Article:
Interview with the Author

Daily Sundial May 13, 1996

Psychology professor takes break from technical writing for fiction

By April Banks
Staff writer

As a psychology professor at CSUN, Toke Hoppenbrouwers may be better known for scientific writing than for writing novels. This might change with the publishing of her first novel, " Autumn Sea ", currently available in bookstores.

In a departure from her usual professional writing, Autumn Sea is written almost poetically, something that Hoppenbrouwers said, "felt healing." Hoppenbrouwers said she "found her lyrical voice" while writing this book. "[I} found a lot of reward in writing…. [It] made me whole," she said. "That's what is wonderful about it. When I write scientifically or [write an] essay, you have to forge a structure on it, [and] battle with your language to be logical…[whereas with] non-academic writing you are the scribe and a voice within you speaks out." The theme of the novel deals with the "coming to terms, forgiveness and transformation" of romantic relationships, both past and present, Hoppenbrouwers said.

"The characters test their mettle and transform [their romantic relationships] into [one of] a different kind…the endings are much more benign." The settings in the novel vary as the characters travel to such faraway places as Egypt and Israel . The exterior journeys {the characters take] are a metaphor for…internal journeys," Hoppenbrouwers said. Hoppenbrouwers admits that she was "sticking her neck out" in dealing with the lesbian theme. "Not everybody is going to love this book."

Race and class, and how they can affect relationships, play a large role as the narrator recounts her relationship with an African-American lover. Although she admits that the novel is "definitely autobiographical fiction," Hoppenbrouwers added that the book "doesn't capture me entirely… [You] can have a map of LA, but it never describes all of LA. This book is a map. The title of her novel came from a reference in an encyclopedia. " Autumn Sea " refers to a dry seabed on the moon," she said. It was attributed to the title because the moon and sea are very feminine."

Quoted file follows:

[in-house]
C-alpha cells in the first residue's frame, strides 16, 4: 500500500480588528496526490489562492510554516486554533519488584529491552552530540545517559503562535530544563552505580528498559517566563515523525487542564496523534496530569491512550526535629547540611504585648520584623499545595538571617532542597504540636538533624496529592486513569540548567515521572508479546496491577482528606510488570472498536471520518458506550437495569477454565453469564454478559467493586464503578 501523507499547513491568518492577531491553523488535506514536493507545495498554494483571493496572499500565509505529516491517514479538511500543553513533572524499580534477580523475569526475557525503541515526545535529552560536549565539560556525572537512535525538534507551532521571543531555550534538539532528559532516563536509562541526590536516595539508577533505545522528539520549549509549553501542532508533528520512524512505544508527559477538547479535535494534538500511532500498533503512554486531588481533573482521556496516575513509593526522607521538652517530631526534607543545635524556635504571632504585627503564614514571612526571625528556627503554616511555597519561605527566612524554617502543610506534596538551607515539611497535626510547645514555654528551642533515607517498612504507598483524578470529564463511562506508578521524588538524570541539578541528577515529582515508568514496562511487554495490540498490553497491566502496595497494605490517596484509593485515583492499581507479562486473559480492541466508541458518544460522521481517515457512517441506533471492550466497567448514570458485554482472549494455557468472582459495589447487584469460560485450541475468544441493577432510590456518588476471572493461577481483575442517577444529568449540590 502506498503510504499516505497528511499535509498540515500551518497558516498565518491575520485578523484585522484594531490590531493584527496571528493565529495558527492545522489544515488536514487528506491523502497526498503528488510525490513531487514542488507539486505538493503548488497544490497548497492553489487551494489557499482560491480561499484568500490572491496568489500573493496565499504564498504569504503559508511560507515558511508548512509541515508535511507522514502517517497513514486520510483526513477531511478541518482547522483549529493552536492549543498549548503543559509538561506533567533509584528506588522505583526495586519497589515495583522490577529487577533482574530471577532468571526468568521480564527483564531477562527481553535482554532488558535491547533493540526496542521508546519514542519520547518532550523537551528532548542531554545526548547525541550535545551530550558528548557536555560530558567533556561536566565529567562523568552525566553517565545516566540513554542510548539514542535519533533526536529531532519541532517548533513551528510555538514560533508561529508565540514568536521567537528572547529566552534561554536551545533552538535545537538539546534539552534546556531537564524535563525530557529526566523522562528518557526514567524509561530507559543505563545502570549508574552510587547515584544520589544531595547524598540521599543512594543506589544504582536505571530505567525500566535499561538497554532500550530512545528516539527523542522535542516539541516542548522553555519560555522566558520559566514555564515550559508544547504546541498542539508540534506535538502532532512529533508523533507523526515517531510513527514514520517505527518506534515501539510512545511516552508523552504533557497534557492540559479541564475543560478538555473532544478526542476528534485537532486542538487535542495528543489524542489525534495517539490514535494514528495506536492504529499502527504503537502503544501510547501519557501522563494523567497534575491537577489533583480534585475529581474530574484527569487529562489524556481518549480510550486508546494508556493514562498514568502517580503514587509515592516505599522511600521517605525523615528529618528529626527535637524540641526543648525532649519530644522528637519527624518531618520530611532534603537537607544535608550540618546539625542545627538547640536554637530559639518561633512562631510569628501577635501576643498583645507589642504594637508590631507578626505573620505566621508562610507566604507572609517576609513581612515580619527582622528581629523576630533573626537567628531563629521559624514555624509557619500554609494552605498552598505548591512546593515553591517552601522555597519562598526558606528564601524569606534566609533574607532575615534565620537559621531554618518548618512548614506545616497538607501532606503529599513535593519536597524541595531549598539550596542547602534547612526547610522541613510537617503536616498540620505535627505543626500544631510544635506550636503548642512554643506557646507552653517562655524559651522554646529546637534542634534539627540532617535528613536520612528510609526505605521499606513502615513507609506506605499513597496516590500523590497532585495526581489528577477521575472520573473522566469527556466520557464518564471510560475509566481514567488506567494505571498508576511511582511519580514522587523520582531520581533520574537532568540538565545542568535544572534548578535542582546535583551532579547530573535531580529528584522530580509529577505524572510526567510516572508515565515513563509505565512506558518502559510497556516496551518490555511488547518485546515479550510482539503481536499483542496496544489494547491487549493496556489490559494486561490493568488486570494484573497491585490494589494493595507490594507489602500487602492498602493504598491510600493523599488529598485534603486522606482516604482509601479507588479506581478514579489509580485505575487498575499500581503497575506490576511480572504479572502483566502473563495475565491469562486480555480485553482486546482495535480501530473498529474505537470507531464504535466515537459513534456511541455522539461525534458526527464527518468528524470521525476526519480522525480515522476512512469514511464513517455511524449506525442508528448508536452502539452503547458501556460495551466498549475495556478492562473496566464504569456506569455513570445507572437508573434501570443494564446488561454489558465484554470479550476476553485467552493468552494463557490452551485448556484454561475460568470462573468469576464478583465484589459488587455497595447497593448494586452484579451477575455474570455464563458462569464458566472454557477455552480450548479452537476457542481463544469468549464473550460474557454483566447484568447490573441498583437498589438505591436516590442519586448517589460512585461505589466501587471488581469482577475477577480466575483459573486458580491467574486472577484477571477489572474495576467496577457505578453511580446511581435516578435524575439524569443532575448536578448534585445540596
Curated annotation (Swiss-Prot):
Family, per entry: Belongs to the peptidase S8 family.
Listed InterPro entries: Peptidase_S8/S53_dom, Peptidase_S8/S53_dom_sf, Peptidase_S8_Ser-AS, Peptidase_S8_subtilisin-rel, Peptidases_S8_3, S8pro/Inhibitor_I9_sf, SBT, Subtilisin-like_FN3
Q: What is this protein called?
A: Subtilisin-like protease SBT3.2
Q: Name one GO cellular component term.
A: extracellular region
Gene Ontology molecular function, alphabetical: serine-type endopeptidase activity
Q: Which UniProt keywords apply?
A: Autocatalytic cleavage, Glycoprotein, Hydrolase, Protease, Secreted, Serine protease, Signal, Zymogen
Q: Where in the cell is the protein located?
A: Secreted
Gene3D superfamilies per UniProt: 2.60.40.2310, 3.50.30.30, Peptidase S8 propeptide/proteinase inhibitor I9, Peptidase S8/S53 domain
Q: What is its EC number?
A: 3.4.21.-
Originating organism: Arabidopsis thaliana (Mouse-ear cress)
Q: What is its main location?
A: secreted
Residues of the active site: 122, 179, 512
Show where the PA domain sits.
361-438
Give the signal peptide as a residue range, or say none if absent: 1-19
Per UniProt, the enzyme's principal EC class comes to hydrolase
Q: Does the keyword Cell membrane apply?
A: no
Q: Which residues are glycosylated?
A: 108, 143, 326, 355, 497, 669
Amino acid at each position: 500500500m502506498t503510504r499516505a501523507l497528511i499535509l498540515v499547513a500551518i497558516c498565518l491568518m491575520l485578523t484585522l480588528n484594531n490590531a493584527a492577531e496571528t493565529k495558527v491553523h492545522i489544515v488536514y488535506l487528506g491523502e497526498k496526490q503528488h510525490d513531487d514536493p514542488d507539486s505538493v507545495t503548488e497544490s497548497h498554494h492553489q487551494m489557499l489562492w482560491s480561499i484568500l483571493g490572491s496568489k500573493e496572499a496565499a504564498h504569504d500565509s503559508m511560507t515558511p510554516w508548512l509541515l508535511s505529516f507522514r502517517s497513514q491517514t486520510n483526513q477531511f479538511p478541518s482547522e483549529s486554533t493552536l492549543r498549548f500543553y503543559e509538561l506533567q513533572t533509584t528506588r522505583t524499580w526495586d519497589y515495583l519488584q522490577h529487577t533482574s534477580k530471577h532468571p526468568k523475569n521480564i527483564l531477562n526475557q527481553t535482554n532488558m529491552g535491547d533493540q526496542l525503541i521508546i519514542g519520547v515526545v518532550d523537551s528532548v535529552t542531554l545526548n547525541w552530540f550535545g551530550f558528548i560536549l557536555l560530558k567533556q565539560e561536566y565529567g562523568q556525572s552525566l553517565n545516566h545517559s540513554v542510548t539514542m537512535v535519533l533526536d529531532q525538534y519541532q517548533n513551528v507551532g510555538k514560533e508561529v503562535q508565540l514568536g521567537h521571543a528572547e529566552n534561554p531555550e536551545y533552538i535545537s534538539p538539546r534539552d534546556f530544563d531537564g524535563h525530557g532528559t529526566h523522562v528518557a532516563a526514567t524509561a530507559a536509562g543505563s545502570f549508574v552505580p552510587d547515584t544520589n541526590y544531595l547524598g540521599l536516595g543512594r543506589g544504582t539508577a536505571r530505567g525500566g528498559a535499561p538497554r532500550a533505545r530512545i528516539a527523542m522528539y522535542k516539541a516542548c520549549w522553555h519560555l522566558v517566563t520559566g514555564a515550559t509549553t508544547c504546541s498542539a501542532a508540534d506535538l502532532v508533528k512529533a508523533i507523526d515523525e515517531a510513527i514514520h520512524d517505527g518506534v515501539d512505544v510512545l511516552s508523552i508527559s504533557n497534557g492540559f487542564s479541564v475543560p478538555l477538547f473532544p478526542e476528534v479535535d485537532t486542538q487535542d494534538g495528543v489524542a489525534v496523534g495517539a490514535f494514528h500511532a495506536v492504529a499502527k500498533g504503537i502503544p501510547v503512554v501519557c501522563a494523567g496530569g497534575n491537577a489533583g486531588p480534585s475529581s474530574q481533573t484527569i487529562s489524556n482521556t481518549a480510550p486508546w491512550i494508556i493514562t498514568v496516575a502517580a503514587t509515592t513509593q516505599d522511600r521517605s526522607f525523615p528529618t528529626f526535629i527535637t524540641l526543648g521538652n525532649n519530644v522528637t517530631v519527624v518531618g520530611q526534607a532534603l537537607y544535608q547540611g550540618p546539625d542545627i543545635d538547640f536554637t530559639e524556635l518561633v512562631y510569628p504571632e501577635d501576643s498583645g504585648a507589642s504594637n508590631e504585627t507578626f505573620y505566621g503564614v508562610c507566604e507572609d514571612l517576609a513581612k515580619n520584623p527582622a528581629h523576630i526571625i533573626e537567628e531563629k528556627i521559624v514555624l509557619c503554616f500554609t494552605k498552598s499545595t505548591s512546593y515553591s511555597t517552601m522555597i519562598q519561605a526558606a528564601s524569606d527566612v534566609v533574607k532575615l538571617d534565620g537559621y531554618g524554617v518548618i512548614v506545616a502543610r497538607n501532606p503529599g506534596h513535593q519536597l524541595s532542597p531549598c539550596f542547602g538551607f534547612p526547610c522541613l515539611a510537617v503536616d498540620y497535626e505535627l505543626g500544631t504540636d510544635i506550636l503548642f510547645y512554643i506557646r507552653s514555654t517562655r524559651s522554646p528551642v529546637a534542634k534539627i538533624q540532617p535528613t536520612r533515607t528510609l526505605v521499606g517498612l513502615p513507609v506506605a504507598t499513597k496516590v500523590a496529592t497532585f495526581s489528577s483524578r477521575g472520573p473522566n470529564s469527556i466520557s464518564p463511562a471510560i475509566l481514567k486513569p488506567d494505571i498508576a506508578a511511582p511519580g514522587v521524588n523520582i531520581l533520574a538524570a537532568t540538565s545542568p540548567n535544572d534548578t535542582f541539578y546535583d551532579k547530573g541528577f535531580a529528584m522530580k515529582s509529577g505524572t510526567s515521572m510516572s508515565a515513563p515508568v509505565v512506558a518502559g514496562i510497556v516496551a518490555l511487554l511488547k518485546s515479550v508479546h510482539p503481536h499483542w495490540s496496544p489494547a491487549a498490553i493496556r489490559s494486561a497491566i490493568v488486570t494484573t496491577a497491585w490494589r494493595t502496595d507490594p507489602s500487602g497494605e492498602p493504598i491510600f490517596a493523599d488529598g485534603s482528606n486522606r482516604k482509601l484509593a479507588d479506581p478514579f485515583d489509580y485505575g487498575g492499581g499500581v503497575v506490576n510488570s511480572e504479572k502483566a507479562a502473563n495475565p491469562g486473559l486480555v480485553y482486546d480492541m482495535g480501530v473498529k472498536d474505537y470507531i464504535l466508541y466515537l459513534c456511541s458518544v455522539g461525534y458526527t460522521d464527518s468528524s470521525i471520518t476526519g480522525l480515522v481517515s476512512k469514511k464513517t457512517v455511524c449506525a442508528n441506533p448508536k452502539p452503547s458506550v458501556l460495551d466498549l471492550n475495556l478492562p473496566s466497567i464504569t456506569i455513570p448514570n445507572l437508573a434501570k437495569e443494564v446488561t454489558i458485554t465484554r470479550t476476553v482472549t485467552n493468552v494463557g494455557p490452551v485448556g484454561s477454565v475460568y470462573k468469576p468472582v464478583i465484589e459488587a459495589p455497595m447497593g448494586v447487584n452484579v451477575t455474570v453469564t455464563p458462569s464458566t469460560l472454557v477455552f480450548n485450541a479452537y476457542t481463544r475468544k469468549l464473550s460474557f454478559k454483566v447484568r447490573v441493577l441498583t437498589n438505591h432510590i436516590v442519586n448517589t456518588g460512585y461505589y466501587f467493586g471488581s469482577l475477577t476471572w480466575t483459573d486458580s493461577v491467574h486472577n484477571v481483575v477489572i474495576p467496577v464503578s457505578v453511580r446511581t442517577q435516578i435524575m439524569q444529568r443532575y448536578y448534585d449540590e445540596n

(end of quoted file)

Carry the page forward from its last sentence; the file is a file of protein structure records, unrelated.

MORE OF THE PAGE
Hoppenbrouwers said she had to learn to deal with rejection as she tried to get her manuscript published. One publishing house liked it, but after a year the novel was not published. She then met poet Audre Lorde, who read the manuscript and recommended it to a publisher. "They hated it," she said. " I let it sit for quite a while." A writing class she was taking was what finally allowed the novel to be published. A woman in her class, after seeing the manuscript, gave it to her mother-in-law who was part of a writing [publishing] collective. "I didn't have to do anything," she said, laughing. "The world came to me."

After teaching at CSUN for the past 15 years and studying Sudden Infant Death Syndrome with a team of researchers at USC for the past 24 years, Hoppenbrouwers has no plans to give up her day job. "I enjoy what I do," she said. But she also admits that she would love to write another novel. "Writing is a source of my survival."